One week before the New Year, all of the kids in the village got new clothes to wear on New Year’s Day. I did not have new clothes and I felt sad, but I tried very hard not to let my grandma see me crying. I didn’t want her to feel bad, but I could see the sadness in her eyes too. She would tell me that when I grew up, if I worked very hard to save money then I could have anything that I wanted. I would reply to her, “Yes, Grandma,” with a big smile on my face. My childhood in Vietnam was difficult. My grandmother had little money, and together we worked in the fields to support ourselves. There was not enough money, then, to send me to school or to properly feed or take care of me. My friend, Suong, often showed me what she bought from the market, like colored material to make clothes for her and her mom. Each of them would get four or five new sets of clothes throughout the year. Suong didn’t have to wait until the New Year to get them. She also got to eat meat more often than we did. But I never felt neglected or unloved by my grandma. Sometimes I knew my grandma was very tired but I never heard her complain. She spent at least ten to twelve hours every day working in the field. The job I set for myself was to make sure that she rested when she got home from working in the fields all day. I usually helped her prepare dinner and kept the house clean, or watered the tomatoes in the field while trying very hard not to play in them. Every evening, Grandma would teach me how to read and write and she would tell me about my mom. My mom was her only child, my grandfather died when my mom was seventeen. My grandma never told me how my grandfather died. Only once in a while would she say she missed them. The rest of the time, she just kept going.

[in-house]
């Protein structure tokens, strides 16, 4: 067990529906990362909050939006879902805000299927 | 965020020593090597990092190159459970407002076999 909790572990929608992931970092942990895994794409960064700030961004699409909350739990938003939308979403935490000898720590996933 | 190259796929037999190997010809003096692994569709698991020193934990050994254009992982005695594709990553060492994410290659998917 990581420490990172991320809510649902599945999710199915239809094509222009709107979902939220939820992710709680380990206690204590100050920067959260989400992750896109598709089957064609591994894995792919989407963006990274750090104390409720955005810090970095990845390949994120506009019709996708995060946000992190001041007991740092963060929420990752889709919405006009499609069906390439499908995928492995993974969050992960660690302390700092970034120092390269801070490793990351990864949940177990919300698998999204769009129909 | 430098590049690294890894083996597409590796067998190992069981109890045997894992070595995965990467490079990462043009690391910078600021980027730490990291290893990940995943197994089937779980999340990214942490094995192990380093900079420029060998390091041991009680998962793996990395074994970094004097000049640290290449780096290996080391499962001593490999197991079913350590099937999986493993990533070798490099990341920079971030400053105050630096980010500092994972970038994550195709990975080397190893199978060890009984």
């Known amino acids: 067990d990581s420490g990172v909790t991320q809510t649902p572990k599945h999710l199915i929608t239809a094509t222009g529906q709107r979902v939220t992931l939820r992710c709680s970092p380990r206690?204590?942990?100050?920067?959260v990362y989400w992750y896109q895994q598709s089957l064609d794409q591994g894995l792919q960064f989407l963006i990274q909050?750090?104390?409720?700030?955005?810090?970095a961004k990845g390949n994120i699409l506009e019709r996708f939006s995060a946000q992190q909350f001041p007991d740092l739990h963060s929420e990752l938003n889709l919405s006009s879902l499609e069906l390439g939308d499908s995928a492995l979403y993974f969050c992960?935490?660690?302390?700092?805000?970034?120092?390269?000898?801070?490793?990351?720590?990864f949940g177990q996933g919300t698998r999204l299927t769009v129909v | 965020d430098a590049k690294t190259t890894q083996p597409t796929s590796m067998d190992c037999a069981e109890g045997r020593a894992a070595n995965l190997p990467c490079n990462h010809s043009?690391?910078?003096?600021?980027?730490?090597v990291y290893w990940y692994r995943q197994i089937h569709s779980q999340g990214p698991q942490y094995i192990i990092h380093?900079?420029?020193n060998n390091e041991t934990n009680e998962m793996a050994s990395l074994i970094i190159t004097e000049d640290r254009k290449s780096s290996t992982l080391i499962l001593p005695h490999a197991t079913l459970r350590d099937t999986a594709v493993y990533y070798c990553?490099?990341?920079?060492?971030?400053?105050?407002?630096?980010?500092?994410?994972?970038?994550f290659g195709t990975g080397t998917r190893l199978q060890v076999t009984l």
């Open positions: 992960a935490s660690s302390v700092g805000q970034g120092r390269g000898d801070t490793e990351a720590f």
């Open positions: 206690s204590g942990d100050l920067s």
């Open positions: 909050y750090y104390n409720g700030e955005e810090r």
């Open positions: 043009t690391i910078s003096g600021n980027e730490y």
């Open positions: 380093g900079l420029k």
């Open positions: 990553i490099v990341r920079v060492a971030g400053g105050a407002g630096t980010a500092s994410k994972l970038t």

Grandma said the road between Saigon and our village was becoming more dangerous all the time. The North Vietnamese soldiers had begun dressing like farmers and kidnapping people or hijacking busses to steal food from them. Grandma and I were always worried about my father’s safety. One night, when my father was home on leave, he and I were outside sitting on the grass, looking up the sky and he told me that my mother was up in heaven and she was looking down at us right then. He said that I looked just like her with long black hair just like hers. “Soon I will bring you and your grandma to live with me in Saigon, where everything is beautiful and very busy. There are lots of cars in the city. I will take you and your grandma to shop in the market there.”
“And can I go to school in Saigon?”
“Yes,” he laughed, “You can go to school.”
My grandma was a very special lady. She was smart and small, with a big heart. She never let negative things bring her down and she was funny. She was the type of person who would take the shirt off of her back to give to you. I loved when she told stories about when she was young and things were peaceful. She told me about a time she and her friend Theo went to Saigon city shopping. They spent all of their money and didn’t have enough left for the bus home, so they had to walk. It took them almost six hours to get home.